Makeover improves rider experience at Balboa Park BART station 

Transit passengers who use the notoriously neglected Balboa Park BART station will finally see some improvements at the hub today.

A 1,500-square-foot mezzanine, wider walkways to serve disabled passengers, a rehabbed entrance and fare gate area, upgraded lighting and new security measures will be unveiled as part of a $6.5 million project designed to improve the station’s pedestrian experience.

Supervisor John Avalos, whose district includes Balboa Park, said the improvements are long overdue. The station, which serves 12,000 BART passengers daily, is The City’s busiest stop outside downtown.

“We’ve been waiting with bated breath for these upgrades,” Avalos said. “This station has been incredibly overlooked in years past.”

Avalos said curb ramps and wider walkways will allow disabled passengers and parents with strollers better access to the station. Before the improvements, he said it was impossible for those passengers to navigate Balboa Park. The upgrades, situated in the northwest section of the park, replace older walkways beset by narrow, crumbling infrastructure.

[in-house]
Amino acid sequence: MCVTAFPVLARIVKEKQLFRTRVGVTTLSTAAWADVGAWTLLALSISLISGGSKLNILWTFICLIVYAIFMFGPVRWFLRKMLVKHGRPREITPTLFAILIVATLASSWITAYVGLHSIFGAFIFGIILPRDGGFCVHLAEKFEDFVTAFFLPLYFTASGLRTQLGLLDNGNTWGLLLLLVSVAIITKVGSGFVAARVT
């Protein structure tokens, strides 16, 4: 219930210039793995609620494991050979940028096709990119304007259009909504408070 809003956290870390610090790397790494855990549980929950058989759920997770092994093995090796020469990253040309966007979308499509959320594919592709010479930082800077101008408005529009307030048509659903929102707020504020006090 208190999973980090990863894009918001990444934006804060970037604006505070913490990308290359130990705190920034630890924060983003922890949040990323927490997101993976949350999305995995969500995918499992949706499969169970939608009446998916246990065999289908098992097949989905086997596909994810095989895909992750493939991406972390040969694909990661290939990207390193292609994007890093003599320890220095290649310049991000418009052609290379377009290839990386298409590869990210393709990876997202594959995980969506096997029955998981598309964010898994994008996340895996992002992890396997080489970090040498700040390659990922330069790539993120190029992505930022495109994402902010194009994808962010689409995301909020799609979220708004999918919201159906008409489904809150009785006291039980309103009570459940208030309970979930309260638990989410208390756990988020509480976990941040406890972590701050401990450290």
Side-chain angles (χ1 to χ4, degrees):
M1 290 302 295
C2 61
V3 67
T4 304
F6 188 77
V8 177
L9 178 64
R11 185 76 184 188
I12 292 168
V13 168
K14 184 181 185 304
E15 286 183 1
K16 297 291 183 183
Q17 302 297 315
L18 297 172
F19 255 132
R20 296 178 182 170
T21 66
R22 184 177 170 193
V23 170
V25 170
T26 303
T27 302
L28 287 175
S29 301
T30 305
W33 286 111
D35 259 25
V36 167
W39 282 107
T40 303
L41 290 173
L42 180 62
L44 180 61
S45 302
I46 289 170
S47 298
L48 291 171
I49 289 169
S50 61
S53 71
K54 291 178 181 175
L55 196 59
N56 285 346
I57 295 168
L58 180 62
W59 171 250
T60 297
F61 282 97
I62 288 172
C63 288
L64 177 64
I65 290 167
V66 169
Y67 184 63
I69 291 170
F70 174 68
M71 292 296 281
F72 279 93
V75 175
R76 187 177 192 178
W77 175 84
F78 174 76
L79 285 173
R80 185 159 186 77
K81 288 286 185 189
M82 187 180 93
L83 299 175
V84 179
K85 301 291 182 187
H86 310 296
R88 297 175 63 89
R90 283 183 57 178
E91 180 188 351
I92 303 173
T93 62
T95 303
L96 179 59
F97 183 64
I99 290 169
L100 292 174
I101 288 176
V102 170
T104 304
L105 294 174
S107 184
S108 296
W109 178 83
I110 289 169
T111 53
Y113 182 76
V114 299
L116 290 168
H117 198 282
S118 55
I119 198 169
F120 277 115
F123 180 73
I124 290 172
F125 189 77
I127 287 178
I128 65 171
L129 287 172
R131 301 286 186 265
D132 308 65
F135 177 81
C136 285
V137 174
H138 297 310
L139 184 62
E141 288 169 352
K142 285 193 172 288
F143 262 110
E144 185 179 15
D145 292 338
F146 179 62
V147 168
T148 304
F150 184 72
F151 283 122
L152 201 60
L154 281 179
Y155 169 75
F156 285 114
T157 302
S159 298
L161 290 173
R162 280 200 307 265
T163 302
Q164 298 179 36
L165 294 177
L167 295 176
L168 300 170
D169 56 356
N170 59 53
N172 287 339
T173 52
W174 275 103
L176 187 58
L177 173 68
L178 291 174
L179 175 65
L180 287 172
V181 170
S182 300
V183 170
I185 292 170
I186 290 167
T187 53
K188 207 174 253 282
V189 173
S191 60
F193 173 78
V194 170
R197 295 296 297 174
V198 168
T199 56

BART spokesman Jim Allison said federal funds accounted for $6 million of the project, of which $2 million came from the 2008 American Recovery and Reinvestment Act. The rest was provided by BART and San Francisco sales tax proceeds.

The new walkway will soon be named in honor of Tony Sacco, a longtime community activist in the Excelsior district who died in 2008, Avalos said.

Avalos and BART directors Tom Radulovich and James Fang will unveil the new improvements at 10 a.m. today.

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Will Reisman

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